July 26, 2004

...two C.I.A. analysts involved in preparing the brief had wanted to make clear to Mr. Bush that, far from being only a historical threat, the threat that Al Qaeda would strike on American soil was "both current and serious"

How could the Bush abomination survive the political
fall-out from the implications of the August 6, 2001
PDB? It's the Media, Stupid.

PHILIP SHENON, www.democrats.com: In testimony this April to the Sept. 11 commission, before it was made public, Ms. Rice insisted that the report was "historical."
"It did not, in fact, warn of attacks inside the United States," she testified. "It was historical information based on old reporting. There was no new threat information.''
But there were gasps in the audience in the hearing room when she disclosed the name of the two-page briefing paper: "Bin Laden Determined to Attack in U.S."
The document was made public several days later and contained passages referring to F.B.I. reports of "suspicious activity in this country consistent with preparations for hijackings or other types of attacks, including recent surveillance of federal buildings in New York." It noted that a caller to the United States Embassy in the Unitedar Lies, Arab Emirates that May had warned that "a group of bin Laden supporters was in the U.S.," planning attacks with explosives.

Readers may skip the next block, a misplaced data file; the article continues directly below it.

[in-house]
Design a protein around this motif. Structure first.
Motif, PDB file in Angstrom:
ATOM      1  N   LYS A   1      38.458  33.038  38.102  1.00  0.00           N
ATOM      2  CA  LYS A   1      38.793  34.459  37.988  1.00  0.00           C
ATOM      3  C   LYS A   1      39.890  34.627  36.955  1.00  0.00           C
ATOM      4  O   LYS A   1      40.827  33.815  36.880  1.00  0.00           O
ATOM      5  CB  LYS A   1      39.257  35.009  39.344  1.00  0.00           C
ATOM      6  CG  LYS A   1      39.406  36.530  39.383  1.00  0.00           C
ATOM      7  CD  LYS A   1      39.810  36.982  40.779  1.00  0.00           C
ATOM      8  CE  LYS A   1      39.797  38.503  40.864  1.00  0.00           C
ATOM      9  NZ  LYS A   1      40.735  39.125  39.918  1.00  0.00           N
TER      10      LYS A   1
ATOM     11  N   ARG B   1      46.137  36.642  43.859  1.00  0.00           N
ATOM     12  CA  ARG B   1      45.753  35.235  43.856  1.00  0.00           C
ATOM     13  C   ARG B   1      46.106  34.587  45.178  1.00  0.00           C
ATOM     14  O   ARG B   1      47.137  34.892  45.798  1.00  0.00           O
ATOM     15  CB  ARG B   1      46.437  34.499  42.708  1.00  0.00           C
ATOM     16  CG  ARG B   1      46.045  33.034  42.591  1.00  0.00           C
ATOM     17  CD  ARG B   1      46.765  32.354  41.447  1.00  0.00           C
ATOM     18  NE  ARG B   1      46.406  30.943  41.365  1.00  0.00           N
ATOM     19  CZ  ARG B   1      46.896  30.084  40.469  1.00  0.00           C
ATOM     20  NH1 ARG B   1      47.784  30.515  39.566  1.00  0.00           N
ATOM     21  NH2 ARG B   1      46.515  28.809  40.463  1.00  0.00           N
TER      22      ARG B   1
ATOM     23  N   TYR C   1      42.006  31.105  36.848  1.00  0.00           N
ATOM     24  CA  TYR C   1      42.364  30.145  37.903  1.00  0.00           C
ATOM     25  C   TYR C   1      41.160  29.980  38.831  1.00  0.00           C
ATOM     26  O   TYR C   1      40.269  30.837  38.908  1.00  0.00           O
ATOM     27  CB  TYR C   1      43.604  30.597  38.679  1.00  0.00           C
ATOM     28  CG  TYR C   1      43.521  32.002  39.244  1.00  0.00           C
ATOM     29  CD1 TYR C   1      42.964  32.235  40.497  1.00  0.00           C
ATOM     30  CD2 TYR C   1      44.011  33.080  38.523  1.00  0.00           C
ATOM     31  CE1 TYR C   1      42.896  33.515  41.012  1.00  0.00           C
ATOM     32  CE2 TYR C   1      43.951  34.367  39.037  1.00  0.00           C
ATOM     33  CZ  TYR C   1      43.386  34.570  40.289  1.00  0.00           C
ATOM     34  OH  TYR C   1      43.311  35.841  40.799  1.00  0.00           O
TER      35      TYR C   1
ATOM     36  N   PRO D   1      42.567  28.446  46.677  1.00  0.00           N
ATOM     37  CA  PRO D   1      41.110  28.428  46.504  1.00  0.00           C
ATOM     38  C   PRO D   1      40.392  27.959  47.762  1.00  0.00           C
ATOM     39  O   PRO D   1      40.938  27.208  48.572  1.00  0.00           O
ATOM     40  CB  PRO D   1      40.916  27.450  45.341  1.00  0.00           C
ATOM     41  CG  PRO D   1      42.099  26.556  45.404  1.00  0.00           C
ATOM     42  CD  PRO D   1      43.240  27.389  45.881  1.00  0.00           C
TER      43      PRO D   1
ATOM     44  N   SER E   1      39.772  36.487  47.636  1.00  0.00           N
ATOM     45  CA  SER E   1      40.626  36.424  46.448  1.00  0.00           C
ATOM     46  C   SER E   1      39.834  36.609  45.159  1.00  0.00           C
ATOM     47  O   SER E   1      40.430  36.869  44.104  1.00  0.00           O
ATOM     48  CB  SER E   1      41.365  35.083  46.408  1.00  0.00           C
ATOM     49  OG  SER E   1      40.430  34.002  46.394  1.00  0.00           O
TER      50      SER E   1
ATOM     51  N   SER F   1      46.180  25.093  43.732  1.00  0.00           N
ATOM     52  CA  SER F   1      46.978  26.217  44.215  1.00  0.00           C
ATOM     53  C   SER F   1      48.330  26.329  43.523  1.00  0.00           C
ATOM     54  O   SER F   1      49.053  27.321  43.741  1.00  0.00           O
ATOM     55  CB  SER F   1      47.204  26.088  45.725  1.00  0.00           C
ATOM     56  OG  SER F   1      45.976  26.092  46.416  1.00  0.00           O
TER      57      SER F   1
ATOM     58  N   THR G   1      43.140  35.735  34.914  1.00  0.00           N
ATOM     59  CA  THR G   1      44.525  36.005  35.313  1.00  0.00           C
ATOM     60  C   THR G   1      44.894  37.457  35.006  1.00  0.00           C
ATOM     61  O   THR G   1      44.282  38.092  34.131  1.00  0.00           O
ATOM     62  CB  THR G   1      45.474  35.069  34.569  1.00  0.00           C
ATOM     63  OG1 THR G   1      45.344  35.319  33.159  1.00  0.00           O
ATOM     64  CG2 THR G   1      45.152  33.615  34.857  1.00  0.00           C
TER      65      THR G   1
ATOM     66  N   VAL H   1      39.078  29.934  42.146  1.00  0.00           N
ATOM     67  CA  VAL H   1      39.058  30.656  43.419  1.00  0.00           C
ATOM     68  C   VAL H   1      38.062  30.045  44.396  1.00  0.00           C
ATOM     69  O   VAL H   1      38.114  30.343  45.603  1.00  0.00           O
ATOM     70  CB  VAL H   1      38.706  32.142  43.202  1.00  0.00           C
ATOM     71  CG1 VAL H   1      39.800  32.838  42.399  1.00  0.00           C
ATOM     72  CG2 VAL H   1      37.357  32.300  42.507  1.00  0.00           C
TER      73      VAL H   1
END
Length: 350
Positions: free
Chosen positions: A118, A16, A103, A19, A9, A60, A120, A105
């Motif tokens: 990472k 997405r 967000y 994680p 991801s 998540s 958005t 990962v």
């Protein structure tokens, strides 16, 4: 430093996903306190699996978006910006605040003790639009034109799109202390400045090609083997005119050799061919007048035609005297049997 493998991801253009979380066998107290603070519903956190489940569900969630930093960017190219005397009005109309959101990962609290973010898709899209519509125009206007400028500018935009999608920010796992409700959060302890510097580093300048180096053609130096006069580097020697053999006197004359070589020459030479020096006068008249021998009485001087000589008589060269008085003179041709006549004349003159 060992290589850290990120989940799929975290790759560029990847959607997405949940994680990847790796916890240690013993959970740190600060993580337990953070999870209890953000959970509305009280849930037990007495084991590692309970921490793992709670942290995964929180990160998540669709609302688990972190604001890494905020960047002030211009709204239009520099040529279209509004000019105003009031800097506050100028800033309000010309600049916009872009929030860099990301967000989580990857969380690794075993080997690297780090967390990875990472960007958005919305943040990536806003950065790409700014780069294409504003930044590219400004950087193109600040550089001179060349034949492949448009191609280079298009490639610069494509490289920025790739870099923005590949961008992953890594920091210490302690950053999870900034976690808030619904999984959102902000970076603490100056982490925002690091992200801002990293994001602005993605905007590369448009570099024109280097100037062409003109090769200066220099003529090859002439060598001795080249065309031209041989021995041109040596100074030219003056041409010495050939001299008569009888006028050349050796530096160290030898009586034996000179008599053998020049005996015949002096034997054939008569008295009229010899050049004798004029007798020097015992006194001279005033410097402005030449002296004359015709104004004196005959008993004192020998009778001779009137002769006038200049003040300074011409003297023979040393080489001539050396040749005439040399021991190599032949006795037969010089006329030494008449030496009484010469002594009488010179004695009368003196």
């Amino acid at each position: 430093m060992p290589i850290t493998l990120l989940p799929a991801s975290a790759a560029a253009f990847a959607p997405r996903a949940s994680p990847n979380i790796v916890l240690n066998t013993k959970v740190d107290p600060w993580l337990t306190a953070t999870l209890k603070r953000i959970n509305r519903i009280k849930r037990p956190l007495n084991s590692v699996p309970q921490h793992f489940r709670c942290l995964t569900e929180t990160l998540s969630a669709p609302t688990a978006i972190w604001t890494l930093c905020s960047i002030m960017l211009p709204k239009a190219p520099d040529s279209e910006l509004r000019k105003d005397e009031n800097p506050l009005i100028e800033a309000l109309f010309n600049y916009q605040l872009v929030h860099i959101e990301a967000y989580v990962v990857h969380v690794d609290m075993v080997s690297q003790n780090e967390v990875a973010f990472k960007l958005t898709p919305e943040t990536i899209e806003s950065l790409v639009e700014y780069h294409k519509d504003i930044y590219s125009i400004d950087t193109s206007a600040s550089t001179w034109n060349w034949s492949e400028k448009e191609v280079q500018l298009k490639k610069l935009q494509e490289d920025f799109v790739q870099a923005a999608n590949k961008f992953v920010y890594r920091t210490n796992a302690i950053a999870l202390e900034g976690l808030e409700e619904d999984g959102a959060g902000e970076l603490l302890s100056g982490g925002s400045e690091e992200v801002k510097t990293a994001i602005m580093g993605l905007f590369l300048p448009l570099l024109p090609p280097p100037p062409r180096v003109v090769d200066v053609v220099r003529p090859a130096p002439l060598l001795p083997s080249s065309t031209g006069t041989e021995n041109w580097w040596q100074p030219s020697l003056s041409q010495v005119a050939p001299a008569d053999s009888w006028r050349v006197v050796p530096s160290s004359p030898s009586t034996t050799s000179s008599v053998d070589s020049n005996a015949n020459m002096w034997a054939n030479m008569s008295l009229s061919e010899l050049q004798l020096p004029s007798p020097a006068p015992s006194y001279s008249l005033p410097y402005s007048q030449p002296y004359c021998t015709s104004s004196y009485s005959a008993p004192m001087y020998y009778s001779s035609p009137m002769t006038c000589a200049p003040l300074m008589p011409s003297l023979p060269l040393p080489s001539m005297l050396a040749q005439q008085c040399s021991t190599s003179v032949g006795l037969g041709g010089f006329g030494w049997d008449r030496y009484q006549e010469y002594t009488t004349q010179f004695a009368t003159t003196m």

The commission's final report revealed that two C.I.A. analysts involved in preparing the brief had wanted to make clear to Mr. Bush that, far from being only a historical threat, the threat that Al Qaeda would strike on American soil was "both current and serious."

Repudiate the 9/11 Cover-Up and the Iraq War Lies,
Show Up for Democracy in 2004: defeat Bush (again!)

http://www.democrats.com/view.cfm?id=22732

Correcting the Record on Sept. 11, in Great Detail
July 25, 2004 By PHILIP SHENON
This article was reported by Philip Shenon, Douglas
Jehl and David Johnston and written by Mr. Shenon.
http://www.nytimes.com/2004/07/25/national/25PANE.html
[Note: only parts of the article below were published
on the Times web site]
WASHINGTON, July 24 - When the National Commission on
Terrorist Attacks Upon the United States set to work
early last year to prepare the definitive history of
the events of Sept. 11, 2001, it seemed that much of
the hard work of the so-called 9/11 commission was
already done, because so much of the horrifying story
seemed to be known.

At the time, it was understood that all of the
hijackers had entered the country legally and done
nothing to draw attention to themselves; Osama bin
Laden had underwritten the plot with his personal
fortune but had left the details to others; American
intelligence agencies had no warning that Al Qaeda was
considering suicide missions using planes; President
Bush had received a special intelligence briefing
weeks before Sept. 11 about Al Qaeda threats that
focused on past, not current, threats.

But 19 months later, the commission released a final,
unanimous book-length report last Thursday that, in